Murphy took inspiration from late great pal Hunter in thrilling York comeback
15:48 GMT, 8 December 2012
Shaun Murphy has been inspired by memories of Paul Hunter as he closes in on williamhill.com UK Championship glory.
Hunter was one of his sport's most popular figures but died of cancer in October 2006 at the age of 27.
In York over the past week Murphy has had his old friend on his mind, and he considers the Leeds man to have been the perfect model of a player who knew how to stay cool in the heat of battle.
Most famously, Hunter employed a 'Plan B' during the interval in his first Masters final, as he returned re-energised from spending the break with his girlfriend and future wife Lindsey in their hotel bedroom. Hunter beat Fergal O'Brien 10-9 from 6-2 behind.
Comeback win: Shaun Murphy (left) saw off Ali Carter to reach the UK Championship final
Murphy's mental strength has shone through at the Barbican Centre where he has won final-frame deciders against Luca Brecel and Ali Carter to clinch a place in the title match. He insisted last night that there had been no 'Plan B' in operation during the Carter match.
The 30-year-old will tomorrow have a shot at the 125,000 top prize and his second UK title, four years after the first.
And when Murphy has had to fight to stay composed, three-time Masters champion Hunter's attitude has come to mind.
'I'm very strong technically and my shot selection has been good over the years, but what I've been able to do recently is hold myself together,' Murphy said.
'And I remember the great Paul Hunter, that was his best strength. Under pressure he was able to chill out and you'd never know with Paul whether he'd won or lost. I've tried to take that on board and use it to the same effect.
'I see the funny side of things rather than banging my cue on the table and in the last few frames against Ali I didn't feel any pressure at all.'
Inspiration: The late Paul Hunter had an astonishing temperament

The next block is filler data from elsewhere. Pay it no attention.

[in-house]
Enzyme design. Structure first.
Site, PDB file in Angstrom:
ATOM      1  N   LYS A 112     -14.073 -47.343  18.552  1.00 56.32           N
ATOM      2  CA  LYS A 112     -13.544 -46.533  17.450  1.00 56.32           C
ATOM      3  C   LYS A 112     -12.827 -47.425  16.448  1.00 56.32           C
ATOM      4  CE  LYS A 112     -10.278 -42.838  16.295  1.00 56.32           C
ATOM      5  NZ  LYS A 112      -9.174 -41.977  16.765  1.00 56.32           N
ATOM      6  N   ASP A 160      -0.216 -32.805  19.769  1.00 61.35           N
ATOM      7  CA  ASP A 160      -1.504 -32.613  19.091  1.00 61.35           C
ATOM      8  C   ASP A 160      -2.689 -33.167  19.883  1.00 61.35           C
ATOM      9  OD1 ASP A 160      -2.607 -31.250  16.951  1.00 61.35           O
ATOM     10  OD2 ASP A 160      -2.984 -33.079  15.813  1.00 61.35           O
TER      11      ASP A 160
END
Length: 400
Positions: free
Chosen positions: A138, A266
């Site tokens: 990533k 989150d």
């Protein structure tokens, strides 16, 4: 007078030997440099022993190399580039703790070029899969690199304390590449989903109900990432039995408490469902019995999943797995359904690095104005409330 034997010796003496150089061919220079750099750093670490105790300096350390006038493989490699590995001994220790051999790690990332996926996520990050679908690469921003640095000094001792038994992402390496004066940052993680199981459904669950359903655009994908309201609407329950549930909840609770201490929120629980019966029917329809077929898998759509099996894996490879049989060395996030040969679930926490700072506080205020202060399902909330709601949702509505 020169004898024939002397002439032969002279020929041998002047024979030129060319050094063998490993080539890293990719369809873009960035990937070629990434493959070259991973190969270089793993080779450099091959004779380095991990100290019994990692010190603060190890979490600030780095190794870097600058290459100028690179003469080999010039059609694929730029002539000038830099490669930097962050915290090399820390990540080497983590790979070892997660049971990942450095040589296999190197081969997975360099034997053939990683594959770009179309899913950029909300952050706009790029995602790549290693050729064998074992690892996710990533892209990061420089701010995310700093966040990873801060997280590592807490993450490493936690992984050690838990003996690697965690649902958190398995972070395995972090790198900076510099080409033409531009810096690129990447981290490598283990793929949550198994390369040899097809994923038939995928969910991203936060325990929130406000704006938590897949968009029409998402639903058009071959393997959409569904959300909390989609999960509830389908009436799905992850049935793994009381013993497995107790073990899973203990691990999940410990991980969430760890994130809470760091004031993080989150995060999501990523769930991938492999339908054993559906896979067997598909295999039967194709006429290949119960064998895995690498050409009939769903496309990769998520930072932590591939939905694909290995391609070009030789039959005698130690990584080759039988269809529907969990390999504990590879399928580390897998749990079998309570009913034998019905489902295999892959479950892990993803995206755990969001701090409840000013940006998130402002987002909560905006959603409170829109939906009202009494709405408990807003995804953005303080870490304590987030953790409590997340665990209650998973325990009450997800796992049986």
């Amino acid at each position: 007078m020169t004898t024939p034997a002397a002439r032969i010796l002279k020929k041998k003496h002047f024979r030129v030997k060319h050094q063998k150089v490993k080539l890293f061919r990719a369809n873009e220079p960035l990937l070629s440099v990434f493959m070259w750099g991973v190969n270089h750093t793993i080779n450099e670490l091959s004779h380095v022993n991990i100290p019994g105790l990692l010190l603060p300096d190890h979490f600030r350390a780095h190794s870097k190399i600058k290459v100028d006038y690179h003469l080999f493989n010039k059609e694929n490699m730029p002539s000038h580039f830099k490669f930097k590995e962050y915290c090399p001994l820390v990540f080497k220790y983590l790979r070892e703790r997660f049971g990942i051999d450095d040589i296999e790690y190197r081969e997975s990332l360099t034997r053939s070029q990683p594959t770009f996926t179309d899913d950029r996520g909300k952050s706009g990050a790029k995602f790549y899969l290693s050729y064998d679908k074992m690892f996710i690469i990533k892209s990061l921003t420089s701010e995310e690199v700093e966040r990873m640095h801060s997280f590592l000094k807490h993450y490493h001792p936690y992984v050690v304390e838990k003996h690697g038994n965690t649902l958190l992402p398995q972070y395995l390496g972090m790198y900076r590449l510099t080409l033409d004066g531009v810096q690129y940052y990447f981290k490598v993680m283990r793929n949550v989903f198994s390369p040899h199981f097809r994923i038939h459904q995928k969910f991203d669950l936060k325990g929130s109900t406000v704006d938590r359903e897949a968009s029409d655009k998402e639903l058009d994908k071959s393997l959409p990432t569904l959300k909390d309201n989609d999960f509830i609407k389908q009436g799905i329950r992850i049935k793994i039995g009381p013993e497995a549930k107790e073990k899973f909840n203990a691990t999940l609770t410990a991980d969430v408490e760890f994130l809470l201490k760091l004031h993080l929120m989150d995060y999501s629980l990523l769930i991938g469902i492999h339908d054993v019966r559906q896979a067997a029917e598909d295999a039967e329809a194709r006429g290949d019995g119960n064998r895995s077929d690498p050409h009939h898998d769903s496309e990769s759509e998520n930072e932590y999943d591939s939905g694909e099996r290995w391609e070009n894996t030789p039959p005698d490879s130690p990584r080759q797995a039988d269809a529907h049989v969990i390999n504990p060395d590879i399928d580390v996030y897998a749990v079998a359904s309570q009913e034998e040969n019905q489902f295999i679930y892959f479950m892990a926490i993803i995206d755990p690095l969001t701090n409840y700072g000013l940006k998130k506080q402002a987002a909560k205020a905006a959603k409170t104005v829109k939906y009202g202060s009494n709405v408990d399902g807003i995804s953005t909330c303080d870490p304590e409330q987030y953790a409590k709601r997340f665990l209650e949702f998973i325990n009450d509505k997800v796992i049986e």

From 8-4 behind against Carter, Murphy won five frames in a row to prevail 9-8, and after making a recent bad habit of losing in ranking event semi-finals he is thrilled to be challenging again for one of the most prized trophies in snooker.
He said: 'I think what's happened this week is that all the little pieces of the experience that I've gathered over the last few years have all come together.
'Win, lose or draw on Sunday I've had a really great week. I've gone back to my attacking play, my long potting has been good and I've had a bit of nous here and there which I never used to have.
'I've played quite clever snooker at times. But the biggest thing for me is that I've been able to keep my composure.
'Never at any time has my head gone down. I've not been stomping around and I've not been sulking. I've just got on with it.
'I'm going into the final having already won this tournament, so I feel I probably won't be under much pressure. I've got a free crack at it.'
There was disappointment for Murphy at the beginning of the year when he was beaten in the Masters final by Neil Robertson, and that is a title he has yet to claim.
He will have another chance next month at Alexandra Palace, but for now Murphy's focus is on lifting the UK trophy.
'It'd be nice to have one of the big three,' said the player who is based in Sale, Greater Manchester.
'I had a great chance in January to win the Masters and complete my set of 'BBC' majors, that didn't happen but to have another good run at this tournament and another crack at the trophy is very, very exciting.'